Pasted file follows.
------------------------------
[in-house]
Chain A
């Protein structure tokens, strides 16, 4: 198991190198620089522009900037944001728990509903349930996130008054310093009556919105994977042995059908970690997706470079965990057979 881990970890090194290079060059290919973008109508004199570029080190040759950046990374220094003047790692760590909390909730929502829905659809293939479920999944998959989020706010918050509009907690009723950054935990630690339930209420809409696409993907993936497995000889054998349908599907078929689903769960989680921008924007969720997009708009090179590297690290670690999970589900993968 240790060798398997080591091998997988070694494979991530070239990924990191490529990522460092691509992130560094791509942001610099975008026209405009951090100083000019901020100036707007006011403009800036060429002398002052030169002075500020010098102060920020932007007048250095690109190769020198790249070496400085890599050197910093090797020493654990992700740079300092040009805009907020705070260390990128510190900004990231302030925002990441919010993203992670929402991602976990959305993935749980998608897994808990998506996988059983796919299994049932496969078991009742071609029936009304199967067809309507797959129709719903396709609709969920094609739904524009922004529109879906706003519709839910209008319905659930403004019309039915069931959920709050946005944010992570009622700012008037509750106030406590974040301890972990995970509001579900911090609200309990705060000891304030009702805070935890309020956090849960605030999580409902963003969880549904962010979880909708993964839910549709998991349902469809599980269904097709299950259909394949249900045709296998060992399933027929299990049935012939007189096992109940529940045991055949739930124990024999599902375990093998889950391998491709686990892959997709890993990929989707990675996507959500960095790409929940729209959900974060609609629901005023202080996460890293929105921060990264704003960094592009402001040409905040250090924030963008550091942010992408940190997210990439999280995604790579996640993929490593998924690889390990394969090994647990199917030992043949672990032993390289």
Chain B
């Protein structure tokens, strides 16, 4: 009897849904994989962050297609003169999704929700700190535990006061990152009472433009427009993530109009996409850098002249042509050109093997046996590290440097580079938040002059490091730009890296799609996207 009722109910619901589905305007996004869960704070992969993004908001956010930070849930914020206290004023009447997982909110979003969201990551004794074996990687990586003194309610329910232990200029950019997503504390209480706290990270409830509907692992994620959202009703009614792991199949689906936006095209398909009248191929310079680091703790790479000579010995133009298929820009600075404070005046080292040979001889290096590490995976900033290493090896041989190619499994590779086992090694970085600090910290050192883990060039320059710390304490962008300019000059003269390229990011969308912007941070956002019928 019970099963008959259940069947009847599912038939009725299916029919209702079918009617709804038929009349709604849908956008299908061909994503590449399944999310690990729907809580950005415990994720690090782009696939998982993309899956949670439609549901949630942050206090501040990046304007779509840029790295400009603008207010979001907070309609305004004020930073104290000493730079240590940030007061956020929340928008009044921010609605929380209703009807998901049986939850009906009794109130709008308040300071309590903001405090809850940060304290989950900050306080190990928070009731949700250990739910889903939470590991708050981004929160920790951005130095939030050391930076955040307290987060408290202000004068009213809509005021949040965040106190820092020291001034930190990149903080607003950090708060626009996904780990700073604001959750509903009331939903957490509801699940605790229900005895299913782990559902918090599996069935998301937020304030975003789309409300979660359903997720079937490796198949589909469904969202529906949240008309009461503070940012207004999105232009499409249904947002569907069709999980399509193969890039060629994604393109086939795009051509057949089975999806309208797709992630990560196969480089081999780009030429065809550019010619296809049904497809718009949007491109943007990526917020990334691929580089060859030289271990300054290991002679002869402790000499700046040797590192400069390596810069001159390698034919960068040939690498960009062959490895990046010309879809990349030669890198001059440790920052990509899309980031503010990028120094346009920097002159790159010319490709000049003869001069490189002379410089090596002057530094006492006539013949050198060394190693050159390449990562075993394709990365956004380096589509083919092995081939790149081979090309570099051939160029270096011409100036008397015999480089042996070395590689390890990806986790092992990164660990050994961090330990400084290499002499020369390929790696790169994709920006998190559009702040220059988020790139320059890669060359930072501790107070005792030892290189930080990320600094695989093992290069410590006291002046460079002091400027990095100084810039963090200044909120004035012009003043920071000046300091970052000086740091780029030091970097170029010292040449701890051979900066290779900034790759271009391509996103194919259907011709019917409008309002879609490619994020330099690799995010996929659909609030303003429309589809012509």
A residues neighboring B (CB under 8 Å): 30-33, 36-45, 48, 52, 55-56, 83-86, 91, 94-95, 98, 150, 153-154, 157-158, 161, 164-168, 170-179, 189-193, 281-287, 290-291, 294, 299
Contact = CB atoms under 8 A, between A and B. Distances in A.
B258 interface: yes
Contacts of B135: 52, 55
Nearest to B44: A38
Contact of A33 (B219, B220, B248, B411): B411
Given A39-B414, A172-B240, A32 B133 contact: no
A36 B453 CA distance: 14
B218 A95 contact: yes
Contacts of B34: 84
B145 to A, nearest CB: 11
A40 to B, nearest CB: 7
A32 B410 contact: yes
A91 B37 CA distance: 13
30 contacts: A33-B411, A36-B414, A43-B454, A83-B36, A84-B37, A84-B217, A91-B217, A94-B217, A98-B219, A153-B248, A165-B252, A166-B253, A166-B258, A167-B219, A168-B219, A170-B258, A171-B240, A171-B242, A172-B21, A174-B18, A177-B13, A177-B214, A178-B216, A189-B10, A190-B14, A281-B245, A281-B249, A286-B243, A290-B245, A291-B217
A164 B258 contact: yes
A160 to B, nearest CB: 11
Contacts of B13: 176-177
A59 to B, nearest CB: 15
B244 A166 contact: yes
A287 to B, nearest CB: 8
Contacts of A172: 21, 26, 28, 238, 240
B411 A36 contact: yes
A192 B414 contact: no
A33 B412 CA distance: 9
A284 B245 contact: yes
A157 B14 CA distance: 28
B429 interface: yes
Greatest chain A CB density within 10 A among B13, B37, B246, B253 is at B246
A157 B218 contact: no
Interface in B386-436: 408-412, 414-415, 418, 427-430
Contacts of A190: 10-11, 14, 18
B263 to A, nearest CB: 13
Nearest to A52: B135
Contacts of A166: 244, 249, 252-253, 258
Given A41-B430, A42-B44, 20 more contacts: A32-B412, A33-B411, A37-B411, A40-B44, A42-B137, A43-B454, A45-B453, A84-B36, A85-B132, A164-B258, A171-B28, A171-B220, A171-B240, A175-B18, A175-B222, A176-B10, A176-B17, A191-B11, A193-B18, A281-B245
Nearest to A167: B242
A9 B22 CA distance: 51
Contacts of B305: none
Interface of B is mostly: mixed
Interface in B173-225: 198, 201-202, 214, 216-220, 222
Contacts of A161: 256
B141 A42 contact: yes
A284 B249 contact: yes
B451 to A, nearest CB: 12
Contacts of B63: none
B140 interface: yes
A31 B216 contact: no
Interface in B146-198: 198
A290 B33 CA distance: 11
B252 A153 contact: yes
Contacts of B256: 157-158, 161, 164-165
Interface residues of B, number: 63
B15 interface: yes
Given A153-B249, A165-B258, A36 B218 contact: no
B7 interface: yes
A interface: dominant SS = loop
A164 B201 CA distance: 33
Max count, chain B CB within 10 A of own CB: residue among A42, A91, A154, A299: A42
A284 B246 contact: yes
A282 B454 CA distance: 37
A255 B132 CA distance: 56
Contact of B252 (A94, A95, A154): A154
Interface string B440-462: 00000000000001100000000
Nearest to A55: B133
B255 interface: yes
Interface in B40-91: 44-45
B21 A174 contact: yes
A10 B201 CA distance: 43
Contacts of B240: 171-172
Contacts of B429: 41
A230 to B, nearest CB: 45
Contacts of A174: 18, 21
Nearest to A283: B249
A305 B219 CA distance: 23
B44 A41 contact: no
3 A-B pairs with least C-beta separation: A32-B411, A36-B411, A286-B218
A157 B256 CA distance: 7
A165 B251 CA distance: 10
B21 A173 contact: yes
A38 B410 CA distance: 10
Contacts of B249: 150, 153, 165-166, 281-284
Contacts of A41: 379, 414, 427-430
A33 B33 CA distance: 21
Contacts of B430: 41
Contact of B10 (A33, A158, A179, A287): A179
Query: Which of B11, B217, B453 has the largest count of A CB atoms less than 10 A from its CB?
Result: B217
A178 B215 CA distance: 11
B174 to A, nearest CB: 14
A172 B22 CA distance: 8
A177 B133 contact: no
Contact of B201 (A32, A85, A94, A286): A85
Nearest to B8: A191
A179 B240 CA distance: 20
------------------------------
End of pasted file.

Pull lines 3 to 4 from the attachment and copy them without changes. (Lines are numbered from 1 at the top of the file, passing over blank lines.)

């Protein structure tokens, strides 16, 4: 198991190198620089522009900037944001728990509903349930996130008054310093009556919105994977042995059908970690997706470079965990057979 881990970890090194290079060059290919973008109508004199570029080190040759950046990374220094003047790692760590909390909730929502829905659809293939479920999944998959989020706010918050509009907690009723950054935990630690339930209420809409696409993907993936497995000889054998349908599907078929689903769960989680921008924007969720997009708009090179590297690290670690999970589900993968 240790060798398997080591091998997988070694494979991530070239990924990191490529990522460092691509992130560094791509942001610099975008026209405009951090100083000019901020100036707007006011403009800036060429002398002052030169002075500020010098102060920020932007007048250095690109190769020198790249070496400085890599050197910093090797020493654990992700740079300092040009805009907020705070260390990128510190900004990231302030925002990441919010993203992670929402991602976990959305993935749980998608897994808990998506996988059983796919299994049932496969078991009742071609029936009304199967067809309507797959129709719903396709609709969920094609739904524009922004529109879906706003519709839910209008319905659930403004019309039915069931959920709050946005944010992570009622700012008037509750106030406590974040301890972990995970509001579900911090609200309990705060000891304030009702805070935890309020956090849960605030999580409902963003969880549904962010979880909708993964839910549709998991349902469809599980269904097709299950259909394949249900045709296998060992399933027929299990049935012939007189096992109940529940045991055949739930124990024999599902375990093998889950391998491709686990892959997709890993990929989707990675996507959500960095790409929940729209959900974060609609629901005023202080996460890293929105921060990264704003960094592009402001040409905040250090924030963008550091942010992408940190997210990439999280995604790579996640993929490593998924690889390990394969090994647990199917030992043949672990032993390289």
Chain B